• Happier customers:
    • Flexible working helps BT respond to customer demand 24/7
    • Customer and employee feedback shows improvements – customer dissatisfaction down 22% in last year, home based employees are 7% happier than site-based colleagues.
  • Reduced costs
    • The annual cost to support an office-based worker in central London is around £18,000. It costs less than £3,000 a year to support a homeworker. On average each homeworker saves BT £6000 a year.
    • Improved retention saves c£5m a year on recruitment and induction.

In practice

Marcia works in Systems and Solutions and took up homeworking last year. She says “I’ve been home working for eight months and it’s wonderful. It fits around my children. I’m a lone parent with a teenager and I felt I needed more presence at home. I needed to keep an eye on things. I’ve also got two young children at school and I’m a school governor as well. I’m able to fit in all my commitments around my work. I work better at home. I now log on to my computer at 7.45am each day, whereas I would have been at my desk at ten. I work harder and longer at home. I also don’t shout at the children as much!”

Richard coaches Customer Service engineers and last year said
“I have two children aged five and seven and I’m getting married this year to my partner who also has two children. Childcare issues are incredibly important to me and so flexibility is paramount. I also had a heart attack last year, so I need to keep my stress levels as low as possible. Flexible working means that I don’t have to worry about my children, I am not stressed at all in the way I was in the past. I know that I can work at home when I need to. In fact I work harder at home. Flexible working has been brilliant.”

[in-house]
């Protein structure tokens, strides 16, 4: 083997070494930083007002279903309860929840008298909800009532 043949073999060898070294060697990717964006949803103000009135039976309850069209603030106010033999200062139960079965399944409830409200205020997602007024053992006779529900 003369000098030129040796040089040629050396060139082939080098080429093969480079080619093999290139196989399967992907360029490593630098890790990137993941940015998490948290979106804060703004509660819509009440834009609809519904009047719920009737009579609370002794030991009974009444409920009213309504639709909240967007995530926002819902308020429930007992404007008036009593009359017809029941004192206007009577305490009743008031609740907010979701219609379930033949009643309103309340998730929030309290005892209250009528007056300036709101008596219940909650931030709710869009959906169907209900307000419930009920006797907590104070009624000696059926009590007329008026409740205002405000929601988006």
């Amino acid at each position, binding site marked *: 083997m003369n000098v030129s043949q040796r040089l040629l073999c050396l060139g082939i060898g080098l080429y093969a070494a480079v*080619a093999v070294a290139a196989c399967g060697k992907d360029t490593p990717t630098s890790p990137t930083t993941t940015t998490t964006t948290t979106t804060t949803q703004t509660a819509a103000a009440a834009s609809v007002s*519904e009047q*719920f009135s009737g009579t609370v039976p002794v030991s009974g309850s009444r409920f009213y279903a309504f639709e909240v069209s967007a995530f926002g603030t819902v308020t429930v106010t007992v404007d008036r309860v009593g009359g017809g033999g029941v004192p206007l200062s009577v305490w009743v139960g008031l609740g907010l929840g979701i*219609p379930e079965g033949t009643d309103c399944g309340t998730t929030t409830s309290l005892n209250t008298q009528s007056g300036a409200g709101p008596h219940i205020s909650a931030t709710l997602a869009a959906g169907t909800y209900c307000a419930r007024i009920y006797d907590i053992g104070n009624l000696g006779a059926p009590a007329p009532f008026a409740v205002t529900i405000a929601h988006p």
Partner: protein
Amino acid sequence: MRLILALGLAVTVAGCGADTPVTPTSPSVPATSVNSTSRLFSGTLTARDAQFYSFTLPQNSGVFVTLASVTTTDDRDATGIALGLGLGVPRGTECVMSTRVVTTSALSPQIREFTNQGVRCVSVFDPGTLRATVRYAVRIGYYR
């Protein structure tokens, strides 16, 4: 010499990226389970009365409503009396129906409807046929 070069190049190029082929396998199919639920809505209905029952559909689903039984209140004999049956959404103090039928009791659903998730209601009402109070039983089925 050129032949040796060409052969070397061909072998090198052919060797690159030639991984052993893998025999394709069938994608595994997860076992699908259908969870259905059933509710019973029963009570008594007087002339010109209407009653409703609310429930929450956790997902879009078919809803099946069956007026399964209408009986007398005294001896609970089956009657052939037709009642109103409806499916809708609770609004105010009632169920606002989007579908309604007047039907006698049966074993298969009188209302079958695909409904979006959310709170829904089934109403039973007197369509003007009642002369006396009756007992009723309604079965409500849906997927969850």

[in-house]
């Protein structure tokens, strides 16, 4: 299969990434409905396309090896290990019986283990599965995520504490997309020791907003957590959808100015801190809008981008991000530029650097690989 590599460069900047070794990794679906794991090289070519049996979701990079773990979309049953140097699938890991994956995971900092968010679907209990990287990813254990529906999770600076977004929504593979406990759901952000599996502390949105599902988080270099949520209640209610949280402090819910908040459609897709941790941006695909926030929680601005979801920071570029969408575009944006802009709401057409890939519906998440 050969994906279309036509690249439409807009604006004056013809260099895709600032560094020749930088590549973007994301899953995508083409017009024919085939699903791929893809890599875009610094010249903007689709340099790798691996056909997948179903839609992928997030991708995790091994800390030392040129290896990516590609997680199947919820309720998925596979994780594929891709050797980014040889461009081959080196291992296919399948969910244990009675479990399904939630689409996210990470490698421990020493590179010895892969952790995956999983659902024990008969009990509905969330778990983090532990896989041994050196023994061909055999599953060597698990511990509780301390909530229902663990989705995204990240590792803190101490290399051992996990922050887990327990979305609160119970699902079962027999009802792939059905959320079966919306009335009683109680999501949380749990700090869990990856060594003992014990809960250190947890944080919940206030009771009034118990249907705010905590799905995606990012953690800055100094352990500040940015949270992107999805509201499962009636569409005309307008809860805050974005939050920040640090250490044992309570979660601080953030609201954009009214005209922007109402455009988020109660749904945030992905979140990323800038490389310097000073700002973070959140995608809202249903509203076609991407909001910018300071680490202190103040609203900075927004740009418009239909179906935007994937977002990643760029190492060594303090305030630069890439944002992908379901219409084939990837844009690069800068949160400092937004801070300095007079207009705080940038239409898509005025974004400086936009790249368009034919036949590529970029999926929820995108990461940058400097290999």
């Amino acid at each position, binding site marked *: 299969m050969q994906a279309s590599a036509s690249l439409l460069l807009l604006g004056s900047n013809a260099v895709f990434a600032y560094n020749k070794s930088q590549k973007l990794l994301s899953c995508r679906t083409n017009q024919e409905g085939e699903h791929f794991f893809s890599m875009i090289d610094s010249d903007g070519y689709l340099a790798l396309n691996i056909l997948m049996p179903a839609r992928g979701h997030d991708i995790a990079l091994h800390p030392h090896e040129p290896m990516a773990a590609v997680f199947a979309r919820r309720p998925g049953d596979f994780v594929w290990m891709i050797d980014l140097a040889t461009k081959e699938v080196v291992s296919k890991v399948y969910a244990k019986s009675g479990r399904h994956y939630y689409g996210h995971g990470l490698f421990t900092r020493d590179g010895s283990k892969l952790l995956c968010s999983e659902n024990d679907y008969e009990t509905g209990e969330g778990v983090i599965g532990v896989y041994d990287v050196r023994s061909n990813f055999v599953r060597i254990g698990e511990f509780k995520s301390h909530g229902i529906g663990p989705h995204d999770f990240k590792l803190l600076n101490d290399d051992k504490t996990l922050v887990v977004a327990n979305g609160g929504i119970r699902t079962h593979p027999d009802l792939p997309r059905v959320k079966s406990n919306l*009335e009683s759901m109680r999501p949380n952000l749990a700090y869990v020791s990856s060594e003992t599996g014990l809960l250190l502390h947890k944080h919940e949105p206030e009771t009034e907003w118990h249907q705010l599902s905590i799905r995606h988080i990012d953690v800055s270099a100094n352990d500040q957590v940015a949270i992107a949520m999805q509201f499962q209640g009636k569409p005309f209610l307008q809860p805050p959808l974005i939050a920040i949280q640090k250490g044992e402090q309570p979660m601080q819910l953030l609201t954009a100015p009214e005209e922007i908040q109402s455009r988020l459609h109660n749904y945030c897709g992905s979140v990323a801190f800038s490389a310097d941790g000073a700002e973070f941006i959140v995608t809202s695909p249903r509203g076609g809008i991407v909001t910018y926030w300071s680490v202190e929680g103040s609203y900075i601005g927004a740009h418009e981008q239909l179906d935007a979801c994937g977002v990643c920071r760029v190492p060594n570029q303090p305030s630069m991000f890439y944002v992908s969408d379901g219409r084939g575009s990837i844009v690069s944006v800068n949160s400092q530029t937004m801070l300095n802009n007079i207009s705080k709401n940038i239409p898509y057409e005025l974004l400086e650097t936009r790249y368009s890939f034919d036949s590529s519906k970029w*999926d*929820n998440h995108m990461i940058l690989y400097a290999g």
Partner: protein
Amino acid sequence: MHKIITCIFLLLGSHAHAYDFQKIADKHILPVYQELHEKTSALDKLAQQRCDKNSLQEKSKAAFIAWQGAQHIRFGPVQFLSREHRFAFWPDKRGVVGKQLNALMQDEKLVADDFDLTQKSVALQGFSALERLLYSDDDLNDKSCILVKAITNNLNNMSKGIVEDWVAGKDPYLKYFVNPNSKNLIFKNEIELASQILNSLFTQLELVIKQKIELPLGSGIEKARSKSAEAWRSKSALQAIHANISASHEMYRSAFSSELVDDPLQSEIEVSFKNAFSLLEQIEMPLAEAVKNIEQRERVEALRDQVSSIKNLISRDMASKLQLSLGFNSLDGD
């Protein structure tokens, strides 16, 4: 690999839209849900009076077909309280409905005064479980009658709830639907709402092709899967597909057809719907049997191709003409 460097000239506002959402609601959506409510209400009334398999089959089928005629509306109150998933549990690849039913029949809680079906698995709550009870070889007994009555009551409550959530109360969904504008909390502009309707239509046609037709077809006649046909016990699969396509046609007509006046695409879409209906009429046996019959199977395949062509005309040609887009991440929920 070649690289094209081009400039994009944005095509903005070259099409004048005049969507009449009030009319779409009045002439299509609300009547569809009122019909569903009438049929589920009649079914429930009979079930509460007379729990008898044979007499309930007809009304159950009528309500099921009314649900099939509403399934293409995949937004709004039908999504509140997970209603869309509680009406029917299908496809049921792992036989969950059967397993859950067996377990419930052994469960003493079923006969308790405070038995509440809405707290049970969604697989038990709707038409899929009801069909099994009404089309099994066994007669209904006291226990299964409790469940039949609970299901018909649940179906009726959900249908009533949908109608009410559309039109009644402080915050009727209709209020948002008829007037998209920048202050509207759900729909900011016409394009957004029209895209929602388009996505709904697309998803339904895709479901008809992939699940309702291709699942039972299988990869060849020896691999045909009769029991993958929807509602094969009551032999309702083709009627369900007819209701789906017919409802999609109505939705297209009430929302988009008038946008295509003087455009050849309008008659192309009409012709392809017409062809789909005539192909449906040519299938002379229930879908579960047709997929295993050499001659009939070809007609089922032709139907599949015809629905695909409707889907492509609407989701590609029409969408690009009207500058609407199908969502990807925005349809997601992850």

Chris runs a Directories Team and is a long-term flexible worker. She says
"Flexible working is very good. I have been doing it for eight years. I have a son who is 14 and I am a lone parent. When I need to I can work from 9.45am until 3.15pm, which is brilliant. I then work earlier or later on other days to make up my 144 hours a month. Since I started flexible working I’ve been promoted and I’m progressing in the company. So it’s great!"

Tony is a customer service engineer who now works his full hours over four days. He says, “Working a four-day week allows me to go to my son’s school plays and be a proper parent. I win because I get the time off when it’s needed and the company benefits because they get engineers in general to work a longer day and complete tasks considered unfeasible in the past”

UK Challenges
The way people work is rapidly changing and for many employees is now completely different to how they worked only a few years ago. The UK workforce is one of the most flexible in the World and is adapting to the new environment. Most employers claim to have some form of flexible employment policies, but these can only ‘live’ if attitudes are flexible. The UK challenge is to overcome set attitudes, particularly of managers. Making the business as well the social case for flexible working is important to this and our ‘Flexibility Pays’ brochure may assist.

The future
With the increase in lone parenting (possibly 25% by 2010), more and more couples dependent on both earning, the growing needs for elder care and the overall population changes, employers need to be increasingly open and creative in their employment practices. If they are not they will neither attract nor keep the people and skills they need. Successful employers will maximise their people’s freedom to work where and when it suits both their business and their people – focusing on outputs and contribution and much less on location, hierarchy and time.

April 2005

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© Work-Life balance part of The Work Foundation 2005